Can a Revamped Defensive Line Help New York Giants' Cornerbacks?

By Jeff Nelson
New York Giants
Ed Mulholland- USA TODAY Sports

The New York Giants’ pass defense ranked 28th in the NFL in 2012—surrendering a total of 254.2 yards per game. Moreover, New York was 31st in total defense.

With that established, many fans alike were somewhat baffled at the Giants’ neglect of the cornerback position in the 2013 NFL Draft.

After the conclusion of the draft, it is still widely agreed that the Giants have needs that are to be addressed at their cornerback position. With the decline of the aging Corey Webster, the lack of development in Prince Amukamara, and the once-promising Terrell Thomas’ inability to stay healthy, the previously stated assessment is valid.

However, cornerbacks—the NFL’s best and worst alike—only have the ability to cover receivers for a finite period of time. And, with the Giants’ 2012 sack leader– Jason Pierre-Paul–only tallying 6.5 sacks, it is clear that the Giants’ DBs were often suffering due to the ineffectiveness of the Giants’ pass rush.

Being praised as one of 2013’s best, the Giants’ newest draft class was clearly picked with the intent of pass rush-revitalization—a tactic that GM Jerry Reese might hope will assist with the 2012 Giants’ lackluster cornerback play.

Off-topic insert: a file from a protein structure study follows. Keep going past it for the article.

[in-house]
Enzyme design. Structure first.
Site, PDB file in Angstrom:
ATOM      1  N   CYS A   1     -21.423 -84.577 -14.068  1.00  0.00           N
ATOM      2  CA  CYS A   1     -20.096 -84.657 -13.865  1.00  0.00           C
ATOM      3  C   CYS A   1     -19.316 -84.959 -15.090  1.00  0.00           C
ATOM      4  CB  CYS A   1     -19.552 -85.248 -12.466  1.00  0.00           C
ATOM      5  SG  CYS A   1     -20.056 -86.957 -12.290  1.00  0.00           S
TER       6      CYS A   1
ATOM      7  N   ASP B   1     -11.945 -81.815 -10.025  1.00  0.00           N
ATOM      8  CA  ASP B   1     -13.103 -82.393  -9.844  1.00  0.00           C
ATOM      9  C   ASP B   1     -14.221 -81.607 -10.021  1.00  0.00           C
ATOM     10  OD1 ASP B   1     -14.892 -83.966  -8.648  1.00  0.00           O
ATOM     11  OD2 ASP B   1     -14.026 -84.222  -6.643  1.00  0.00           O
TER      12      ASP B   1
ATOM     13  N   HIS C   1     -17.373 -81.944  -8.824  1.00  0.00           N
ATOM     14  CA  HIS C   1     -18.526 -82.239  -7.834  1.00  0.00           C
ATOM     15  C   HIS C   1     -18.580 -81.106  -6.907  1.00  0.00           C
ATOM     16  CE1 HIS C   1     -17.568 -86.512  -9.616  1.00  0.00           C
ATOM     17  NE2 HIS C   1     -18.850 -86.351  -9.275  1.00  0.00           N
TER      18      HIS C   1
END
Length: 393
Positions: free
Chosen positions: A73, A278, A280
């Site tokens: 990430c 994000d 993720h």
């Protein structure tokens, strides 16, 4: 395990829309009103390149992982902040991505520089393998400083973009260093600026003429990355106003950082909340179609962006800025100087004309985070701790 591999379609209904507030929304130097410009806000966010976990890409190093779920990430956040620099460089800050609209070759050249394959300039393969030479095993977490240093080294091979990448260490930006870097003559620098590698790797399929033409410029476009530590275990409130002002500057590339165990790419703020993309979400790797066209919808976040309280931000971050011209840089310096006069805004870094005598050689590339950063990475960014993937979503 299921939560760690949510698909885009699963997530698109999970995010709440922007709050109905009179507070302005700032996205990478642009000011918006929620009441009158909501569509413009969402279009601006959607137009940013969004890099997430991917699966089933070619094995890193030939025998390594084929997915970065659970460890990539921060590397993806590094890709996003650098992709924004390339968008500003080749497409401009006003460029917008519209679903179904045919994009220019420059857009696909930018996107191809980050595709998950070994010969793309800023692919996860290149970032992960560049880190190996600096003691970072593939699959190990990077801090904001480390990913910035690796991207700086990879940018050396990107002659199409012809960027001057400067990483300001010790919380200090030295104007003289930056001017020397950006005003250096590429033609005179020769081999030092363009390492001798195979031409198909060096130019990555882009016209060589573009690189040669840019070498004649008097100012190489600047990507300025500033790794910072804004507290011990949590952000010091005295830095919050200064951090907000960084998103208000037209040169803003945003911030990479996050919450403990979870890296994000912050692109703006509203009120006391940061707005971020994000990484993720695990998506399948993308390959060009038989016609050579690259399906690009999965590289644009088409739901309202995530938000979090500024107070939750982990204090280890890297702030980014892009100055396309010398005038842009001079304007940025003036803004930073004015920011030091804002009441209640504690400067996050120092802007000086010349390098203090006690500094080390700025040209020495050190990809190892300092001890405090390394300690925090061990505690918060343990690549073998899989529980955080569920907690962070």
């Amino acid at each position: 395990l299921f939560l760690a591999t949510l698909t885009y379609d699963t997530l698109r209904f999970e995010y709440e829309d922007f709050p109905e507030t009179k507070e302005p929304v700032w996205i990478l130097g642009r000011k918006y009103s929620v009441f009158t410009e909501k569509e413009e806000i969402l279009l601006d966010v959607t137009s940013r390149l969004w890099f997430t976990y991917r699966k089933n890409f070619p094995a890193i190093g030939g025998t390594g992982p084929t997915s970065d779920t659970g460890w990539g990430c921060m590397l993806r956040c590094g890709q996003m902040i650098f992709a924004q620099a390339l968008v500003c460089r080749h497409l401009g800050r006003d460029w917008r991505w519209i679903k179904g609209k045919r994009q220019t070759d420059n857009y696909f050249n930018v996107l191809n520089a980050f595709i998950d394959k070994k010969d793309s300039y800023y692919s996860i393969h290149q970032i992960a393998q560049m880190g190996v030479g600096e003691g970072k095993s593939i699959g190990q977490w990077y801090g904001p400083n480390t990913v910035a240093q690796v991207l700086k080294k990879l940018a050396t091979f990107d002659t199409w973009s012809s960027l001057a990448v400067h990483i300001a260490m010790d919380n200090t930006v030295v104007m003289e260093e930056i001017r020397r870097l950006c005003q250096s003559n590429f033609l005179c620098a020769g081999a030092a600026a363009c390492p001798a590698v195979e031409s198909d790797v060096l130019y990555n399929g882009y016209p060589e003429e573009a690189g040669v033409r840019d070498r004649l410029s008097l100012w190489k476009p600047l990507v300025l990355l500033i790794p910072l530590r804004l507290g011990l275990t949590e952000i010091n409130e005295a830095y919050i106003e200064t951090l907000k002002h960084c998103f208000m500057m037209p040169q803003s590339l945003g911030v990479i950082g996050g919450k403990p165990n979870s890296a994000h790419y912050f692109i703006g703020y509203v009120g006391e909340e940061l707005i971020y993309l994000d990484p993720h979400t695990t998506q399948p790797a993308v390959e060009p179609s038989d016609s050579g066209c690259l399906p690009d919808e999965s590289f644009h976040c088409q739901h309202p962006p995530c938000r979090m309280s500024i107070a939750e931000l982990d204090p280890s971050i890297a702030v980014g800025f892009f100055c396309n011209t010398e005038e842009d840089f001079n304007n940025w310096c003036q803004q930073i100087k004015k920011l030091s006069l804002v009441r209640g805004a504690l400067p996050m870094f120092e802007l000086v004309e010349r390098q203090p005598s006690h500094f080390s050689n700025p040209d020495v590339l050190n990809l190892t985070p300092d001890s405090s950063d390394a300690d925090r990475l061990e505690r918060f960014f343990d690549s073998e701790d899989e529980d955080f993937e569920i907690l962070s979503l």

Football is a team sport, and one strong area of the team can compensate for another weaker portion of the team. Clearly, Reese thought that the Giants’ pass rush—one of the league’s best in 2010 and 2011—could provide greater team-wide help in 2013 than the mid-to late round selection of a cornerback.

If Damontre Moore and Jonathan Hankins can develop, and if Justin Tuck and Pierre-Paul can bounce back from disappointing 2012 campaigns, then the Giants’ cornerback woes may vanish from the thought of fans and media alike.


Jeff Nelson  is a New York Giants writer for Follow him on Twitter @JNelson53_12, “Like” him on Facebook or add him to your network on Google.

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